Once in a while, I have to ride some of the back roads in my mind and clean up the litter. It's always a bit of a nuisance, and I'm usually loathe to do it, but like flossing, it really is a healthy thing to do.
Lying here and there in dusty arroyos or clinging to roadside bushes are plastic bags, sandwich wrappers and other debris representing old hurts, slights or grievances I had hoped to leave behind. Not wanting to take them with me, and unwilling or unable to deal with them properly at the time, I toss them to the wayside and drive on. It seems perfectly acceptable. It causes only the slightest twinge of remorse and is quickly assigned a low priority for concern.
Moving on is the order of the day.
Only, sometimes I become aware that not all these items are biodegradable. They need to be collected and disposed of properly. Old hurts and grievances, having long lost their temporary impact, are as ugly as roadside litter and about as useful. The best I can, I try to ride the old roads once in a while and clean them up.
What reminded me of this recently was all the talk about a movie, "The Bucket List."
Apparently this is this year's Fun Movie. Jack Nicholson and Morgan Freeman play two old guys facing the end of their days and for very different reasons each decides to fully live out the remainder of the time doing what they have always wanted to do.
I got to thinking. If I were to make such a list, what would be on it?
First, of course, I would attempt to right such wrongs as are still possible to affect. This would be a short list, unfortunately. You can't jump into the same river twice, someone once said. Where possible, though, I think I would try to do something nice to make things better wherever I could.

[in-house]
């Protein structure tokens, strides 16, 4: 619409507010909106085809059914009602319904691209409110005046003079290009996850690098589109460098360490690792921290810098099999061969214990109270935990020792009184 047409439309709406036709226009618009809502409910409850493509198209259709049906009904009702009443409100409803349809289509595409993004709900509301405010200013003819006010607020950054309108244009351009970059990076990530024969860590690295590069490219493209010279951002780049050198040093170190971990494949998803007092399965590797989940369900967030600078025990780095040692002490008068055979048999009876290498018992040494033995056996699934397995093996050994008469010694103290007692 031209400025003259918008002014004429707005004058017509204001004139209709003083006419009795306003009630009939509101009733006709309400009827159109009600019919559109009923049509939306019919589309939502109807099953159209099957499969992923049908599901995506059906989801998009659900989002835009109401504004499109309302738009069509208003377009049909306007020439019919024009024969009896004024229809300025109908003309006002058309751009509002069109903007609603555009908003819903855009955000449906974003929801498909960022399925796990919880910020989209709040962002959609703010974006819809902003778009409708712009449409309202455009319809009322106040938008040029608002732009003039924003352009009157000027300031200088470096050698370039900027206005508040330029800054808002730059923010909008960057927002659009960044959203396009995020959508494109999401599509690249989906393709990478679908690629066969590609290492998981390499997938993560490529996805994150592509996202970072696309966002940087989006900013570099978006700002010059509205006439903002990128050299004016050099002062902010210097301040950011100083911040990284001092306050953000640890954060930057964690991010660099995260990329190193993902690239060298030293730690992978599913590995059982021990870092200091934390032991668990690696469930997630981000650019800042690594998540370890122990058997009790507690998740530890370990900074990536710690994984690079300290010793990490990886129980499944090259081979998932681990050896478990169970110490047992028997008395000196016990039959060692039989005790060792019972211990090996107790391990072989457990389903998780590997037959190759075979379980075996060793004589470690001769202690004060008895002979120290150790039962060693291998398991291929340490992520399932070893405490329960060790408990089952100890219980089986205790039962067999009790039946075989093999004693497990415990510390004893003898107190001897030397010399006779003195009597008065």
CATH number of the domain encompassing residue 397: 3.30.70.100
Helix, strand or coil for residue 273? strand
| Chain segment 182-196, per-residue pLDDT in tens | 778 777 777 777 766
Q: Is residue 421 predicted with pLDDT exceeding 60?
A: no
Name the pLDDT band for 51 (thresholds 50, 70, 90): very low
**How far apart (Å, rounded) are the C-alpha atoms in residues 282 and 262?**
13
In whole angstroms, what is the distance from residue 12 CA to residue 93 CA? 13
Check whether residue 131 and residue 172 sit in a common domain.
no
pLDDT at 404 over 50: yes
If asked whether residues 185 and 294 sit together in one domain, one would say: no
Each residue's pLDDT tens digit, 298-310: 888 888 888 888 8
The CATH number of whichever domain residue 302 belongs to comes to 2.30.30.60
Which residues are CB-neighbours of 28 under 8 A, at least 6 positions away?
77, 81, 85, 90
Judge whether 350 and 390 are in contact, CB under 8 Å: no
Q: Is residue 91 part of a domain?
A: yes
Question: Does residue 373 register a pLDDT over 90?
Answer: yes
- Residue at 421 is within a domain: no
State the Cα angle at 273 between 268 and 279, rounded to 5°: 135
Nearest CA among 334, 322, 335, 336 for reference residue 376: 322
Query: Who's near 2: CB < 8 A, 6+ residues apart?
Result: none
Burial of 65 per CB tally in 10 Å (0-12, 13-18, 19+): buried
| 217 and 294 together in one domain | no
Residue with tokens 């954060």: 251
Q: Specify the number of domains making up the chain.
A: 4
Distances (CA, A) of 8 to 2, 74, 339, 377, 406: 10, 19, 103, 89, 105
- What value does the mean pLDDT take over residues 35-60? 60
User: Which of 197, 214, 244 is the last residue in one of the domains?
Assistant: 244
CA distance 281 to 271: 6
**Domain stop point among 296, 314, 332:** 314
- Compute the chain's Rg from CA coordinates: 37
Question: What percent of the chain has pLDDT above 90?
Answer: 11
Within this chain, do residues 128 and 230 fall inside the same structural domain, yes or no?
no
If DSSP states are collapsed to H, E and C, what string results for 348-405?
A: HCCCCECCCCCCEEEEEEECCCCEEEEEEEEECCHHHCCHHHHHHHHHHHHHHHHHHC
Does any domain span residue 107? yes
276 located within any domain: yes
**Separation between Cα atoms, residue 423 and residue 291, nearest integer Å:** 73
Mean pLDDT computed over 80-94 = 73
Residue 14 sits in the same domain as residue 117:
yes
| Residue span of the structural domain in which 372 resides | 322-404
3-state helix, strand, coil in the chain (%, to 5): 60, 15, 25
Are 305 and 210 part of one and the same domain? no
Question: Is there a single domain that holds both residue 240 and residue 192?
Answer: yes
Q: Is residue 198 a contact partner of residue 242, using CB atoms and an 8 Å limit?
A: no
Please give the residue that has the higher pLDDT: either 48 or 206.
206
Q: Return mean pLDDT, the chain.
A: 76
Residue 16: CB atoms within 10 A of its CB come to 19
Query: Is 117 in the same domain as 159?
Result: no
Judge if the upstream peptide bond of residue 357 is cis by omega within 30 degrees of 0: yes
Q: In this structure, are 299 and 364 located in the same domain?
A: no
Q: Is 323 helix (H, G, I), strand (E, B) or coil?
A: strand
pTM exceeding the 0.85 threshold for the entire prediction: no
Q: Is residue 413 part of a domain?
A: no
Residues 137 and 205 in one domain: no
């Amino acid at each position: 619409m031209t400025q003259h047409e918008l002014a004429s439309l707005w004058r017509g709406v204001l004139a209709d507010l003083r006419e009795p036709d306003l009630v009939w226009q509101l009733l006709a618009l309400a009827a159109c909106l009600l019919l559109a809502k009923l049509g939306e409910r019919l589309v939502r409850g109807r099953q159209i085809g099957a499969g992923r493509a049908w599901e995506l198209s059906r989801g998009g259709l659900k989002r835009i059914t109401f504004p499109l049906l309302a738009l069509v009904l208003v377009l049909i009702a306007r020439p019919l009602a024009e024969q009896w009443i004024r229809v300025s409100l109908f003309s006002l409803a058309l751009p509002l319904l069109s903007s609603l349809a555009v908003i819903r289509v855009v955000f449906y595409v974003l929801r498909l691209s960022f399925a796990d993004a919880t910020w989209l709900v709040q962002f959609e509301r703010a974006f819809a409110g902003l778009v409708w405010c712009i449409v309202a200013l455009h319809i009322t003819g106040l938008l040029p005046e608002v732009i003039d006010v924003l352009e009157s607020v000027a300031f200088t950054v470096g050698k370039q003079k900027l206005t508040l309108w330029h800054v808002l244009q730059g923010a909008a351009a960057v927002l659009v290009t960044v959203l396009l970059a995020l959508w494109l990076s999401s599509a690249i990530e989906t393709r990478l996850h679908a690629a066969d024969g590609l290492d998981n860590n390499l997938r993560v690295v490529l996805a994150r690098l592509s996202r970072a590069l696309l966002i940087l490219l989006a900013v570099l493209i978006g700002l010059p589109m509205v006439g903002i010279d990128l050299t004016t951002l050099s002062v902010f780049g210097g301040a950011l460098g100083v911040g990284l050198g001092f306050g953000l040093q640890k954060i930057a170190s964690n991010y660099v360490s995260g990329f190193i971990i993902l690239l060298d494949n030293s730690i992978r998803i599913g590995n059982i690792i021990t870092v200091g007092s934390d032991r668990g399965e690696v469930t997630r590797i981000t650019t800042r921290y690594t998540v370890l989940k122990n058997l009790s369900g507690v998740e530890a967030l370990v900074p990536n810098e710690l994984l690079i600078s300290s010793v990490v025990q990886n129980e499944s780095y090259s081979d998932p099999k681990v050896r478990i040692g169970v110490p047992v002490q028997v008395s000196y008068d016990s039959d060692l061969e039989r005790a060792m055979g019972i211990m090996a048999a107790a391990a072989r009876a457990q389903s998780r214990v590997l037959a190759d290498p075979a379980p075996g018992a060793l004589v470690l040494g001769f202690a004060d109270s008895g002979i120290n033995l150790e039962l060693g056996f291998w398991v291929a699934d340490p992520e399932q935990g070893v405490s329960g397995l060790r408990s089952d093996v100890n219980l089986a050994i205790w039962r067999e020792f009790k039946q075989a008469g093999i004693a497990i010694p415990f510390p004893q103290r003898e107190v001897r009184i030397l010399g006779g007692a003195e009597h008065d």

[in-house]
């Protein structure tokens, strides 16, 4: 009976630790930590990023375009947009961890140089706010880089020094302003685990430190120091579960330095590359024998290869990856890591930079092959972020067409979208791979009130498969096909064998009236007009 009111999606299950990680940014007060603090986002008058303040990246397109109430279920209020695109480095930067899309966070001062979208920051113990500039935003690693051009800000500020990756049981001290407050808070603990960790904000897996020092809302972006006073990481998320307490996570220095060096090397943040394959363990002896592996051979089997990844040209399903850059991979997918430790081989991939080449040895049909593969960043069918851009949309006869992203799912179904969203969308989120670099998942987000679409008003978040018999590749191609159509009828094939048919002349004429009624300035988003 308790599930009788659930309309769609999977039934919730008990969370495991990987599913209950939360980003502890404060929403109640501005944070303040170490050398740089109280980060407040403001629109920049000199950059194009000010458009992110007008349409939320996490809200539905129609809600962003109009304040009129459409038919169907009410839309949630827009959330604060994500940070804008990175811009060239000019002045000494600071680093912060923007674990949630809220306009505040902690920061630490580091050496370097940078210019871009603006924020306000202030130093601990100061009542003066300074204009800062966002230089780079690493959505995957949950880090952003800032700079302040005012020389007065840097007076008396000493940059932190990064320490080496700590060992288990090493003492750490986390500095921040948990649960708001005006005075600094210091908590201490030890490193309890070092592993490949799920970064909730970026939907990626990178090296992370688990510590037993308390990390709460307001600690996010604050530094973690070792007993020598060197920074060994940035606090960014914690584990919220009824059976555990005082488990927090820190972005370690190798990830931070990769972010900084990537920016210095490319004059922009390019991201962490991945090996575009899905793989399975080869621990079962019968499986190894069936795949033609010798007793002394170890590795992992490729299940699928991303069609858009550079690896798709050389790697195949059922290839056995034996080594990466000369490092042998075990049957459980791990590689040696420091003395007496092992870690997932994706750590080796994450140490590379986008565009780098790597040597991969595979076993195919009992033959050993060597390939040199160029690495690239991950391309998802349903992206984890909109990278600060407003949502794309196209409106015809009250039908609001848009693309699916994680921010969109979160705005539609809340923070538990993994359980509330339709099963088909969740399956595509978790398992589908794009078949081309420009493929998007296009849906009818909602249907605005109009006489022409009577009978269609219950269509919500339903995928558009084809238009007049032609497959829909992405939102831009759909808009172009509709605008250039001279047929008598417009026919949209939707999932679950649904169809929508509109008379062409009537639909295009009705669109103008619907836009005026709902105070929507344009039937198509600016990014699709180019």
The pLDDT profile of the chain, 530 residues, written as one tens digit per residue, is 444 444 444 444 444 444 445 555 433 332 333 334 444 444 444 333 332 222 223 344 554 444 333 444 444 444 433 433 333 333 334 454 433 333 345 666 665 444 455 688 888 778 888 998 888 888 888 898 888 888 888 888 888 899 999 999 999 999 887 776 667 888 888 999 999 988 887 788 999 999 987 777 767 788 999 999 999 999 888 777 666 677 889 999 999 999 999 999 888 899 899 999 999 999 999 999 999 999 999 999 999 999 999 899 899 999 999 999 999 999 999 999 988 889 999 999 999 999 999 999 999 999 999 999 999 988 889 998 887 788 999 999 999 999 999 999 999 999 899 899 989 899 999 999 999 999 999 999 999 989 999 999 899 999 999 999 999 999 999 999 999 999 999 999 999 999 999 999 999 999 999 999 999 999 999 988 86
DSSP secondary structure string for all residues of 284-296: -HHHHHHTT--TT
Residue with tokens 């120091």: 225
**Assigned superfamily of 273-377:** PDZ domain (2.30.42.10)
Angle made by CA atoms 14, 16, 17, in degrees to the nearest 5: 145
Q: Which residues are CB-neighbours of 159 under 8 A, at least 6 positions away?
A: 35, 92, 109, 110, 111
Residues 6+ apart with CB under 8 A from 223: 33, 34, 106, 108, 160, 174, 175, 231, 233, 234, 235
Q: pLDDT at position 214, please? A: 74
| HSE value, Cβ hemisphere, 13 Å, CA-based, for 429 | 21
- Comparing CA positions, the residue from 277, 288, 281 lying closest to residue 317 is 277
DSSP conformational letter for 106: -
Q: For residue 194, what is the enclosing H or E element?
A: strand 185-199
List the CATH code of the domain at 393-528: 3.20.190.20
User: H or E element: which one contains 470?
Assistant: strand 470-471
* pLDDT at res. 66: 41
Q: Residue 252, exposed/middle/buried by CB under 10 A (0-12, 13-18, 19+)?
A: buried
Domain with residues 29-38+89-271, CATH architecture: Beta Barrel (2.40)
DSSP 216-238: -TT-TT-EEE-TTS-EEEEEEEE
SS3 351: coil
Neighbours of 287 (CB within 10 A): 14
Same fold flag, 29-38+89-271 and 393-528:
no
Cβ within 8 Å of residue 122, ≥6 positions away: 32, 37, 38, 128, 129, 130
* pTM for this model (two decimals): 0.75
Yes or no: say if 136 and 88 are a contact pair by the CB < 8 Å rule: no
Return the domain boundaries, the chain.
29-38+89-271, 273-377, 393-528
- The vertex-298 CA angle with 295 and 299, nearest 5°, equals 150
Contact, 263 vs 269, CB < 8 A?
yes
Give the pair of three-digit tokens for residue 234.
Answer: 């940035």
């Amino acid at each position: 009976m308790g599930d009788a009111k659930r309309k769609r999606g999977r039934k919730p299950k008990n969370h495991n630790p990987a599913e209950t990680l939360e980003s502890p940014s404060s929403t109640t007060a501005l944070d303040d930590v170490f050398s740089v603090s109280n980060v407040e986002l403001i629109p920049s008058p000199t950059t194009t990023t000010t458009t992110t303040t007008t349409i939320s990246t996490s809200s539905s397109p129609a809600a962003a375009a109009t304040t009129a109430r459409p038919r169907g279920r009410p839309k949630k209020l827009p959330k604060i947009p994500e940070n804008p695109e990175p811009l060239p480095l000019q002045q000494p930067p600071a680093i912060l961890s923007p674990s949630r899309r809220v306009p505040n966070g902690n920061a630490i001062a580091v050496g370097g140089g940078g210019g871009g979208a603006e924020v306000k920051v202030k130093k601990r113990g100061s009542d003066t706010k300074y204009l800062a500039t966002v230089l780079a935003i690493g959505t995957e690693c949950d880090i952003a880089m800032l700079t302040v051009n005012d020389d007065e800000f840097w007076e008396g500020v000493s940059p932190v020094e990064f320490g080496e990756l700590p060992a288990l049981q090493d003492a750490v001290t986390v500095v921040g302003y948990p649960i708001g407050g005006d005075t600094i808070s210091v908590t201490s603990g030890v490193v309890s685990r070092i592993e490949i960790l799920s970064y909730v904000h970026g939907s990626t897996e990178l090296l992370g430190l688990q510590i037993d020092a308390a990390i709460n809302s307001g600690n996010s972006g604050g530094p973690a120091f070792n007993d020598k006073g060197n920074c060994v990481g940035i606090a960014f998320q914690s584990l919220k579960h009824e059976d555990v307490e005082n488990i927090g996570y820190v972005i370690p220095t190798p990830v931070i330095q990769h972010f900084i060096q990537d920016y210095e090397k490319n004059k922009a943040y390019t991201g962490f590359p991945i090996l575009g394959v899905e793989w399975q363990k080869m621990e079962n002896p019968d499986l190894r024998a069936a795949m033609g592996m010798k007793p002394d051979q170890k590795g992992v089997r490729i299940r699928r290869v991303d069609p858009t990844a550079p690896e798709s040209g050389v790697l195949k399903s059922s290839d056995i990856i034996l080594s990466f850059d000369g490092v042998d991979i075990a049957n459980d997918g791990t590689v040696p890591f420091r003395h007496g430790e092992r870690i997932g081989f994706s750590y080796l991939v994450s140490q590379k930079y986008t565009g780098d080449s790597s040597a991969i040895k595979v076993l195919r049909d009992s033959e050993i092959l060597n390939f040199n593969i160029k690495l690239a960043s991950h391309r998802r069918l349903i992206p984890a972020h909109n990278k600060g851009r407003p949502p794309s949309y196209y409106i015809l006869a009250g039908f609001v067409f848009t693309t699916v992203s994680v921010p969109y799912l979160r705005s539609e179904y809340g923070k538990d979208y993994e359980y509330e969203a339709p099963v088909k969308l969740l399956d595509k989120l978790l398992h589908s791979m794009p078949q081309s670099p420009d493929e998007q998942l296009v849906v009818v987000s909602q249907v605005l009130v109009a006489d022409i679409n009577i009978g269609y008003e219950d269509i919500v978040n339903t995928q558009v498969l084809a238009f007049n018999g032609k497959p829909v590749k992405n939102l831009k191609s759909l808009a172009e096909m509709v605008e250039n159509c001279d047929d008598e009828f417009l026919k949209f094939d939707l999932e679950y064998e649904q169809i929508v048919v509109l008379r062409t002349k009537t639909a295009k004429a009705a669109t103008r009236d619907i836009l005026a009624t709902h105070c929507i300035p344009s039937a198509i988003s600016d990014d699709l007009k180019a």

The rest of the list would depend strictly on whether money was necessary or not. Under realistic circumstances, the list would end right there, but it's a lot more fun and interesting to assume no barriers, and let conjecture have its head.
Here's my list:
Climb into the King's Chamber of The Great Pyramid.
Take a cruise up The Nile.
Spend a week or more in every province in Italy.
Take a cooking class at The Cordon Bleu.
Drink a bottle of the world's best wine at least once a week.
Own and operate a vintage Chris Craft motorboat.
Go fly-fishing on the Yellowstone River.
Play a guitar well.
Have a song I've written recorded by a major artist.
Sing in a quartet or octet, performing modern jazz or gospel music.
Play Pebble Beach and Cypress Point Golf Courses.
Take a camera along on the golf outings to Pebble Beach and Cypress Point.
(I once actually played Augusta National and don't have a single picture to show for it.)
There are at least a hundred other things I would like to do or see or enjoy, but I think I would be quite satisfied with this list. It's a selfish list, I know, and a fairly narrow one, considering all the possibilities, but it represents the better portion of my interests at my age and, within reason of sorts, it contains faintly achievable goals.
It's fun making such a list, and I imagine most folks would enjoy making their own. It would be interesting to see the wide variety of interests represented in these lists.
I think I can more easily identify with the old Hank Williams song, "My Bucket's Got a Hole in it," not that I have any complaint coming. A list of what I have been able to do offers me frail solace on occasion. Even so, who wouldn't take the opportunity to do everything they really wanted to, including righting some old wrongs and experiencing some great adventures? Given the chance, I know I would.
What I Can Do is whatever is within my reach on any given day, and this includes cutting most everyone around me a little slack -- including Me. As I said, a little trip down the back roads now and again to clean up old debris is worthwhile. Don't expect an Emmy or an Oscar, though. In fact, the less publicity, the better.
The more a mind is free of clutter, the more it is able to dream, I think. Now that I think about it, here are some more items for my list:
... Naw, make your own.